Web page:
ARCHDALE, N.C. -- Being diagnosed with a disease that has no cure can be devastating, but there is a new program right here in the Piedmont that is using the sport of boxing to give people with Parkinson's a fighting chance at maintaining their quality of life. It's called Rock Steady Boxing.
“It doesn't cure it, but it makes it more tolerable to deal with,” said Jim Poteat, who has Parkinson's disease. He drives from Salisbury to Archdale three times a week because Rock Steady Boxing works.
“You can sit down and complain about it and wish you didn't have it and all that you have a problem. So my philosophy is don't sit down, don't give up, find you people to work with and stay with it.” Poteat said.
Jeff Farlow runs the program. He went to Indianapolis last year to get certified in Rock Steady to help a family friend who was diagnosed.
“Unfortunately the world labels them as a disease or their situation. When my boxers step into this room, I treat them like boxers and nothing less than that and I think they like it,” Farlow said.
There are now close to 400 Rock Steady programs nationwide. Cindy Shaver's husband Ben has Parkinson's. She was so impressed with Rock Steady, she became certified to not only help her husband, but others too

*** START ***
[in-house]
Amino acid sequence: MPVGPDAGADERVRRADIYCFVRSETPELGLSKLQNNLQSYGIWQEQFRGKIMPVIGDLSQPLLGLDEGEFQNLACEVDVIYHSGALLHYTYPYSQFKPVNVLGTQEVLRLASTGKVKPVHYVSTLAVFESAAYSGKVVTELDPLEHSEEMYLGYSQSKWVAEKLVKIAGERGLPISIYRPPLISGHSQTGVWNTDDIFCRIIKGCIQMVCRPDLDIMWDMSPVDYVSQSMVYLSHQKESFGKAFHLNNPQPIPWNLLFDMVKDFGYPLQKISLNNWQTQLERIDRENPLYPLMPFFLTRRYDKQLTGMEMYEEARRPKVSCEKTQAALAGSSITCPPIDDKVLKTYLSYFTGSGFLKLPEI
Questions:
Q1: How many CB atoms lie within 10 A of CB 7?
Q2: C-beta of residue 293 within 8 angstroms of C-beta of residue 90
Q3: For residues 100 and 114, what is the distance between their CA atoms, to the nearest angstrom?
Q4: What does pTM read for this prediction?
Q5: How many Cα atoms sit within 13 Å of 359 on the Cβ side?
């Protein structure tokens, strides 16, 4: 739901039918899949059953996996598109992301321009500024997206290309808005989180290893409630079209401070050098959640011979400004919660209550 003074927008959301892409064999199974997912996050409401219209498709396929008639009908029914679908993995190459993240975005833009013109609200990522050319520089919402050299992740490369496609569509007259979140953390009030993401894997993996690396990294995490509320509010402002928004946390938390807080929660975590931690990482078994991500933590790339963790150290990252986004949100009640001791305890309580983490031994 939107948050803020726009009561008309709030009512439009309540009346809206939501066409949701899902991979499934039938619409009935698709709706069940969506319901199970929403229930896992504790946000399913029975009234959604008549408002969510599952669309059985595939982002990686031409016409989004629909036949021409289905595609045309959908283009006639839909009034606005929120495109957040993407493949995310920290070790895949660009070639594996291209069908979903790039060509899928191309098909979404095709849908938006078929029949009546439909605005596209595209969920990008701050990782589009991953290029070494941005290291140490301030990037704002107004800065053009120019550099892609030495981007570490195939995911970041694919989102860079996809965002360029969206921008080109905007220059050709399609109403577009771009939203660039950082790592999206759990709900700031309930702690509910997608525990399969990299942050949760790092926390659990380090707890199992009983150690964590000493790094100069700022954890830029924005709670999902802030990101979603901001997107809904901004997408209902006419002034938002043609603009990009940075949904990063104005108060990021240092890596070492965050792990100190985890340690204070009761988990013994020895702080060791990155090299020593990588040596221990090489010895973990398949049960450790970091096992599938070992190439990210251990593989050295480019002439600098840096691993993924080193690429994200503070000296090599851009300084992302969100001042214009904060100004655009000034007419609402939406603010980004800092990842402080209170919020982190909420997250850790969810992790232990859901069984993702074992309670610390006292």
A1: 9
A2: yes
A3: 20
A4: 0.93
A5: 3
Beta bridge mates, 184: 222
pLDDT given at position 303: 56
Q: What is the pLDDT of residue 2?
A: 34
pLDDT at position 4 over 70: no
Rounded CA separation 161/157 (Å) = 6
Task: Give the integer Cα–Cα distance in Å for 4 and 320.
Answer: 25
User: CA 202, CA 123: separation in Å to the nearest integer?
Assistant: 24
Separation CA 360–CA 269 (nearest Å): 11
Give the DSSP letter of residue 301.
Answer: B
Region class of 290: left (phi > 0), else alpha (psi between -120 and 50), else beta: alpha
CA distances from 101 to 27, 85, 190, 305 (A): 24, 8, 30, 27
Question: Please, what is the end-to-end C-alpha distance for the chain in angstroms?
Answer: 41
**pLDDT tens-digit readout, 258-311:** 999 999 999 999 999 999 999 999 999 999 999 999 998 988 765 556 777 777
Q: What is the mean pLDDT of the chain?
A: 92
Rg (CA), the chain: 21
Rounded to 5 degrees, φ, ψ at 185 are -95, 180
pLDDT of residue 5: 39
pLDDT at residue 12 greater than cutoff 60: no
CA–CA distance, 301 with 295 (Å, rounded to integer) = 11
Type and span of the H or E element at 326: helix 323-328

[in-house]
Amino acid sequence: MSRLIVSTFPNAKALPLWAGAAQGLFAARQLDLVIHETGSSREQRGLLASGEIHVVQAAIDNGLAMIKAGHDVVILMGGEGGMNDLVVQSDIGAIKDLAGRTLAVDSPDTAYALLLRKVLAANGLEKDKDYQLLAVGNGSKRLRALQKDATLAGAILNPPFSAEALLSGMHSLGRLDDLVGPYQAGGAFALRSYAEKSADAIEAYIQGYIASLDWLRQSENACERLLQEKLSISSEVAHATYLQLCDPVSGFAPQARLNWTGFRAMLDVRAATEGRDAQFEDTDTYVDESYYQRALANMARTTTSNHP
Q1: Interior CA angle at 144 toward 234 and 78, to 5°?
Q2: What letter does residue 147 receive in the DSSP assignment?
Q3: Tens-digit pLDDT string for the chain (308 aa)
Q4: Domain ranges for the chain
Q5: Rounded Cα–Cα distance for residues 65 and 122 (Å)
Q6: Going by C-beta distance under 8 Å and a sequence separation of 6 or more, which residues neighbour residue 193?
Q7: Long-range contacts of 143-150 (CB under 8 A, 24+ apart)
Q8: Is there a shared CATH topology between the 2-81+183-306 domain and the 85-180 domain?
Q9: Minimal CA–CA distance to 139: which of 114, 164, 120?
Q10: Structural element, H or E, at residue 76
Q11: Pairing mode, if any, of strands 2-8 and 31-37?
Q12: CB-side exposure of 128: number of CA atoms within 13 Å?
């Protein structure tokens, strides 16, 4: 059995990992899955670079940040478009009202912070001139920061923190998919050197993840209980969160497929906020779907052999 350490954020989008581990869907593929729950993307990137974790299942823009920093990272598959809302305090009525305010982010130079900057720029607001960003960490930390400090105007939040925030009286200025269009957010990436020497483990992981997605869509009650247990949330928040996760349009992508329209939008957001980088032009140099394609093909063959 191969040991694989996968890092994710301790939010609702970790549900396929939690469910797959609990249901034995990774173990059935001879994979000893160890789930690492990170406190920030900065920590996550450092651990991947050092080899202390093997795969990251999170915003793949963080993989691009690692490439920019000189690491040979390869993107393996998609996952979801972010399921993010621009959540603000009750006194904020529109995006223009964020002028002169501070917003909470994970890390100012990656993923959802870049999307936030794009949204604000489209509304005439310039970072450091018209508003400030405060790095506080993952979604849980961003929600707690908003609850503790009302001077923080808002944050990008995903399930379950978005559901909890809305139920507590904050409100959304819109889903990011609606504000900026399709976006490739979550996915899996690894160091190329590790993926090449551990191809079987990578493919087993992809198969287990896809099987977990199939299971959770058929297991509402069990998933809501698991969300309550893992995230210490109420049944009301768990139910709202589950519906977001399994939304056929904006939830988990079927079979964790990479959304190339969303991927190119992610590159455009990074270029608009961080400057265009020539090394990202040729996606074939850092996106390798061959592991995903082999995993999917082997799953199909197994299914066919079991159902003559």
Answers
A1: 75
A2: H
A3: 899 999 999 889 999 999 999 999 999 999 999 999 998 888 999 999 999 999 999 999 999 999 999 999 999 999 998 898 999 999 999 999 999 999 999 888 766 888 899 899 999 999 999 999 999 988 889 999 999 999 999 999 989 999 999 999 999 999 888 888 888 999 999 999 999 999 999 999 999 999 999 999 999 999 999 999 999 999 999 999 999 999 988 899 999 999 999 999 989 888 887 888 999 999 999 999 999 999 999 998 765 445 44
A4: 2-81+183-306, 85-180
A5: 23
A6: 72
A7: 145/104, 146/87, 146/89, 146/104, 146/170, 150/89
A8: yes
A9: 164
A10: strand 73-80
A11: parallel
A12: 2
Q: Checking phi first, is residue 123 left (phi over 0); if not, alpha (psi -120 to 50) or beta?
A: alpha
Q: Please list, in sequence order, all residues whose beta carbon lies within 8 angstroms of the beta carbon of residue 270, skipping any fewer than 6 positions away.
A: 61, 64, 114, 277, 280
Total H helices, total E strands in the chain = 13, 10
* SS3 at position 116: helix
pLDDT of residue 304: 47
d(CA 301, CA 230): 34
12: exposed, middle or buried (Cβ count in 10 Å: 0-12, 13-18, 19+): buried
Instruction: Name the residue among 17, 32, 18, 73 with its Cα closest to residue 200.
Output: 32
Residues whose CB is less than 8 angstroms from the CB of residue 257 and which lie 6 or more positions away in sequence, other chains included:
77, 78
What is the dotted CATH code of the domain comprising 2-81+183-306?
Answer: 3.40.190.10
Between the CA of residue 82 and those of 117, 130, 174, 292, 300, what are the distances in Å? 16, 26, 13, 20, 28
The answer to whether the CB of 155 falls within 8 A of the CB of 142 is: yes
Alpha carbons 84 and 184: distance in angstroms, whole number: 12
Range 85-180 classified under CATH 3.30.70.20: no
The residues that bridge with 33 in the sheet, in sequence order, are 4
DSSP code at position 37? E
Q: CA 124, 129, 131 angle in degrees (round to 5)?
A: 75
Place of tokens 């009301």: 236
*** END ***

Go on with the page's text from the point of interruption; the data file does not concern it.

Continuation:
“It has helped us because it has given us hope. Given us a way to maintain energy and strength and reason and purpose and a lot of things have happened good for my husband because of the program,” Shaver said.
“They are getting back some things that basically Parkinson's has stolen from them and that's a bit of their dignity, a bit of their hope, and that's why a part of our chant is, 'We've got hope in our corner.'" Farlow said.
What's the old line, "Move it or lose it!" That is the case with Parkinson's, so to fight off the symptoms, the members of the classes, which is pushing 20, continues to move as best they can.
“It just helps your brain learn these skills that after a while come second nature so that's the beauty,” Tom Coolidge said.
“Since he got started with the boxing there has been a good maintenance. It's like we don't lose ground. This is one program that offers hope for a Parkinson's patient for the long haul,” Shaver said.
The group is made up of men and women.
“We've got a lot of women in here who are grandmothers and they love to tell their grandkids and their children that they're boxers now. You're in your 60s or in your 70s and you have Parkinson's and you are telling me you are boxing and with joy and with fire in their eyes. They are proud of what they are doing,” Farlow said.
There is a strong sense of community within the program. They draw strength from their shared experiences and their strong desire to beat this common enemy.